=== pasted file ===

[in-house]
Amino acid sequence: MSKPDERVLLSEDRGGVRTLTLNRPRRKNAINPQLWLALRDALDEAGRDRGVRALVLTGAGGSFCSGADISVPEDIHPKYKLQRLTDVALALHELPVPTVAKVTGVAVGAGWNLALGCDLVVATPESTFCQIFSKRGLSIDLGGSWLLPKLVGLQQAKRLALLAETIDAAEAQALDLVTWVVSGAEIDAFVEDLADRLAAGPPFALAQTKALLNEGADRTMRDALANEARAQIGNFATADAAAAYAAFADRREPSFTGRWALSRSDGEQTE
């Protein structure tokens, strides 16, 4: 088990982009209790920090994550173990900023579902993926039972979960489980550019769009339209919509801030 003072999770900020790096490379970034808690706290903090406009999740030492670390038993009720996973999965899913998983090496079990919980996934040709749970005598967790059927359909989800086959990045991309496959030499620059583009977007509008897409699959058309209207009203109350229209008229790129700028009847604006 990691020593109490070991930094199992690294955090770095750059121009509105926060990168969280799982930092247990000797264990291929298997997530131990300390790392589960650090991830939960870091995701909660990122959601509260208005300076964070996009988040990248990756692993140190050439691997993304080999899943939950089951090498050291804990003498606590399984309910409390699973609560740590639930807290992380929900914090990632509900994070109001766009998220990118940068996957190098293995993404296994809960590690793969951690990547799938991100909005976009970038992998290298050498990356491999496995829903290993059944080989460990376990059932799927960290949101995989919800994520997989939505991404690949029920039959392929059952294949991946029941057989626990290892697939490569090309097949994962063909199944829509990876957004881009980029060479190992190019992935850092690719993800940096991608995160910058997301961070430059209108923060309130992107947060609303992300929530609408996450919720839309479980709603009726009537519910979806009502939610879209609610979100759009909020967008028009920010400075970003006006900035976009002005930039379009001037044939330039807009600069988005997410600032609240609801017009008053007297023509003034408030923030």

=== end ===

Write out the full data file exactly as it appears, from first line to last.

[in-house]
Amino acid sequence: MSKPDERVLLSEDRGGVRTLTLNRPRRKNAINPQLWLALRDALDEAGRDRGVRALVLTGAGGSFCSGADISVPEDIHPKYKLQRLTDVALALHELPVPTVAKVTGVAVGAGWNLALGCDLVVATPESTFCQIFSKRGLSIDLGGSWLLPKLVGLQQAKRLALLAETIDAAEAQALDLVTWVVSGAEIDAFVEDLADRLAAGPPFALAQTKALLNEGADRTMRDALANEARAQIGNFATADAAAAYAAFADRREPSFTGRWALSRSDGEQTE
């Protein structure tokens, strides 16, 4: 088990982009209790920090994550173990900023579902993926039972979960489980550019769009339209919509801030 003072999770900020790096490379970034808690706290903090406009999740030492670390038993009720996973999965899913998983090496079990919980996934040709749970005598967790059927359909989800086959990045991309496959030499620059583009977007509008897409699959058309209207009203109350229209008229790129700028009847604006 990691020593109490070991930094199992690294955090770095750059121009509105926060990168969280799982930092247990000797264990291929298997997530131990300390790392589960650090991830939960870091995701909660990122959601509260208005300076964070996009988040990248990756692993140190050439691997993304080999899943939950089951090498050291804990003498606590399984309910409390699973609560740590639930807290992380929900914090990632509900994070109001766009998220990118940068996957190098293995993404296994809960590690793969951690990547799938991100909005976009970038992998290298050498990356491999496995829903290993059944080989460990376990059932799927960290949101995989919800994520997989939505991404690949029920039959392929059952294949991946029941057989626990290892697939490569090309097949994962063909199944829509990876957004881009980029060479190992190019992935850092690719993800940096991608995160910058997301961070430059209108923060309130992107947060609303992300929530609408996450919720839309479980709603009726009537519910979806009502939610879209609610979100759009909020967008028009920010400075970003006006900035976009002005930039379009001037044939330039807009600069988005997410600032609240609801017009008053007297023509003034408030923030």